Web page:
I’m always a bit perplexed about how to respond to the dismissal of Jesus’s teachings, the very ones which got the guy killed, the very ones that led Jesus to say things like, “Take up your cross and follow me,” or “For those who want to save their life will lose it, and those who lose their life for my sake will save it. What does it profit them if they gain the whole world, but lose or forfeit themselves?”

These words and the ethic undergirding them are all rooted in the entire prophetic and personal history of Israel, and were echoed throughout the entire New Testament, not least in the second chapter of Acts, where the entire Christian community shaped itself around these essential tenets.

Like, if they are not supposed to be principles upon which we base our lives, why did Jesus bother giving them?

Given our teachings about the Reign of God in its fullness, it’s not like we’re going to need them then.

It’s as if Jesus could just as well have said, “Hell with it. The world doesn’t work like this anyway, obvs. So as for me and my house, since you can’t beat ‘em, join ‘em! The sick need to figure out healing on their own—it’s their problem anyway, amiright?—and the hungry should get a job—never mind the economic and power systems that make it damn rough for them to do so—and those dirty immigrants are clearly unclean in more than one way, so I’m throwing the first stone to Build That Wall! Who’s with me?”

(And the crowd of the comfortable goes wild)

I’m increasingly persuaded to forgo the term “Religious Left,” moved by those (like Rev. William Barber, eloquent and righteous champion of the Poor People’s Campaign) who say that the fundamental emphases of upending oppressive economic systems, of ensuring health care for all, of welcoming the strangers, of feeding the hungry, of calling out then rich and empowering the poor, isn’t Christian Left.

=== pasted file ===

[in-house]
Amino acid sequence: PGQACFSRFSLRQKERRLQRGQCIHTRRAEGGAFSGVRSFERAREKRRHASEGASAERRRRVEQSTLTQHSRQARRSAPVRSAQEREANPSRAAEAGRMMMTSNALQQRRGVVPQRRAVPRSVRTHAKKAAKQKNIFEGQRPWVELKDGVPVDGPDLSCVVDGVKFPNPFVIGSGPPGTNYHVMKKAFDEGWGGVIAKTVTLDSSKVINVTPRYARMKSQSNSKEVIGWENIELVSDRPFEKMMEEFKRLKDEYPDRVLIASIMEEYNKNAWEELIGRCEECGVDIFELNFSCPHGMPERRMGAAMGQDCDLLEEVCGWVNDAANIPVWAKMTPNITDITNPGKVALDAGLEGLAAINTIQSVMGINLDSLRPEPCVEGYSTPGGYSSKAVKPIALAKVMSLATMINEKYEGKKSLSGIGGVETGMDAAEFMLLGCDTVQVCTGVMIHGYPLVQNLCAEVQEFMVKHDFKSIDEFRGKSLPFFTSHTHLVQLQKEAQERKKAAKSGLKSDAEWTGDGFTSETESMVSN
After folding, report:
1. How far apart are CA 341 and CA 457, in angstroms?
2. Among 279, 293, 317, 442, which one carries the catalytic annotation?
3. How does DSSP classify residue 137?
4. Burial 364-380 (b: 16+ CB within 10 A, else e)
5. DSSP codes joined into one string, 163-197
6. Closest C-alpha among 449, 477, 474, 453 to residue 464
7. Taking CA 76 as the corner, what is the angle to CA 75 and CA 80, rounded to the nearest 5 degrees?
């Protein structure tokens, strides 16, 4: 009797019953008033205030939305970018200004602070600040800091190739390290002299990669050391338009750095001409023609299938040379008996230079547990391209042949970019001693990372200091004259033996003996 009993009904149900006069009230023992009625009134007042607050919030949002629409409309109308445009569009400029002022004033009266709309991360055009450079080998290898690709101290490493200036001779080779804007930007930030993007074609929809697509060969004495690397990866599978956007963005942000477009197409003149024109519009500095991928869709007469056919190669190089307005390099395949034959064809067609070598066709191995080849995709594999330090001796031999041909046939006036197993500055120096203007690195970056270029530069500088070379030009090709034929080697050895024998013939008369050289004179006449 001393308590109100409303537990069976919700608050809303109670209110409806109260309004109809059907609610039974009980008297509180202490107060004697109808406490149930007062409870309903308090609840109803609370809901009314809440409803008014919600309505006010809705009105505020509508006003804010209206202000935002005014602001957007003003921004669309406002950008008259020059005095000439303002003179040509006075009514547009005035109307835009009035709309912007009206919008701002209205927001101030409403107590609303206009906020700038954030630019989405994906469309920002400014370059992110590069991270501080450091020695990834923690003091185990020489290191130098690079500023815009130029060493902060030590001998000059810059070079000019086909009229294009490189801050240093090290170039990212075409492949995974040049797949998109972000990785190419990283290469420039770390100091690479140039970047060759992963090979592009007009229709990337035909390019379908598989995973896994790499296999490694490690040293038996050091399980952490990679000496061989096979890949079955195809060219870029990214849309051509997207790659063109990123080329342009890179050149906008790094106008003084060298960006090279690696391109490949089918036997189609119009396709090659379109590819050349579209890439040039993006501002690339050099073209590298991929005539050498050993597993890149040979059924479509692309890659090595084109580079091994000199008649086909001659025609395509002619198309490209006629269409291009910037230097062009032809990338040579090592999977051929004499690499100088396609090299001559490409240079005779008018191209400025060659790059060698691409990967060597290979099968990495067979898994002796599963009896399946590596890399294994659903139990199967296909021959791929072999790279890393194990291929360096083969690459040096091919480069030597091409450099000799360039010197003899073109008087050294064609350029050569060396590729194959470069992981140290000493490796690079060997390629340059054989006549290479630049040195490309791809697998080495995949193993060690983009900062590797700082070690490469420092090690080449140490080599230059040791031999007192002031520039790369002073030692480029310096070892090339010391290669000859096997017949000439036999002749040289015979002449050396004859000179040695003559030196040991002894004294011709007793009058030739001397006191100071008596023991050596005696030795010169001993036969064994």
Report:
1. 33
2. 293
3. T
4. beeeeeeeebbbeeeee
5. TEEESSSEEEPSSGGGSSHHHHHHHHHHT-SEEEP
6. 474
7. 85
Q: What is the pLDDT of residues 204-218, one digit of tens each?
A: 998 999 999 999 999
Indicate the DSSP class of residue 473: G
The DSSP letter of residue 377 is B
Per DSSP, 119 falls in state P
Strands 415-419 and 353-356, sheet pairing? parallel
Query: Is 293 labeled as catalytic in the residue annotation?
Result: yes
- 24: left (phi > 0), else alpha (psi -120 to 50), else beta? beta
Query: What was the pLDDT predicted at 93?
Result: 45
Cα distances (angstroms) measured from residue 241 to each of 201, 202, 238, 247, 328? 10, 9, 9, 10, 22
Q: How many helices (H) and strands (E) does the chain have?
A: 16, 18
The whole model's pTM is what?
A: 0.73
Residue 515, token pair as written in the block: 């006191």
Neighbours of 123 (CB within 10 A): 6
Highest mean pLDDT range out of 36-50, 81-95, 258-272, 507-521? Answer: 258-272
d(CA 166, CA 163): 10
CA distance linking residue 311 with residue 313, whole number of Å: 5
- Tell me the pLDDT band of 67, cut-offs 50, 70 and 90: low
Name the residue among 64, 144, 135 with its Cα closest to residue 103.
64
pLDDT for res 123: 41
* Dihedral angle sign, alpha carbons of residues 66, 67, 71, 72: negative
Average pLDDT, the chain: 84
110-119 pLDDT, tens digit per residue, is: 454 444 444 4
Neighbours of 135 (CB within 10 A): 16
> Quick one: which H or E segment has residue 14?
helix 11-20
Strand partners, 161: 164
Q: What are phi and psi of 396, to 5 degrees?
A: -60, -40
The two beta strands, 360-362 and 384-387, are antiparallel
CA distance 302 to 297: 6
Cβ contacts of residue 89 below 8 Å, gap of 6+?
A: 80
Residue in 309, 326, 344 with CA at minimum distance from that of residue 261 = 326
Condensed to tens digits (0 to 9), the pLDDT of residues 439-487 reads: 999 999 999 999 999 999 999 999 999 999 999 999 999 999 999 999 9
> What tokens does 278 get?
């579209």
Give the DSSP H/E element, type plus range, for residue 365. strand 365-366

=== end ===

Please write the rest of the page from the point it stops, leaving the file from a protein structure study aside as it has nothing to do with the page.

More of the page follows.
It’s Christian.

And you know what?

By the world’s standards, it’s foolish.

The apostle Paul totally got it.

We are fools for the sake of Christ, but you are wise in Christ. We are weak, but you are strong. You are held in honor, but we in disrepute. To the present hour we are hungry and thirsty, we are poorly clothed and beaten and homeless, and we grow weary from the work of our own hands. When reviled, we bless; when persecuted, we endure;when slandered, we speak kindly. We have become like the rubbish of the world, the dregs of all things, to this very day. 1 Cor. 4:10-13

And, for that matter, guess what.

Not only are there dead guys playing on that field.

There is a dead guy who any day now is going to be springing from a tomb.

You want a foolish belief?

That’d do it by any metric.

If you call yourself a Christian, you are publicly saying that you believe that Jesus died and was raised.


As long as you’ve already raised eyebrows with that mind-bending humdinger, you might as well make like Ray et. al. and live like you actually believe it.

I am fully aware that this is not heaven.

But it is Iowa. Or Minnesota. Or Alaska. Or North Carolina. Or Michigan. Or Washington D.C.


Live like you can see the dead guys.

Live like a Twins fan.

Live like the fool you are called and were baptized to be.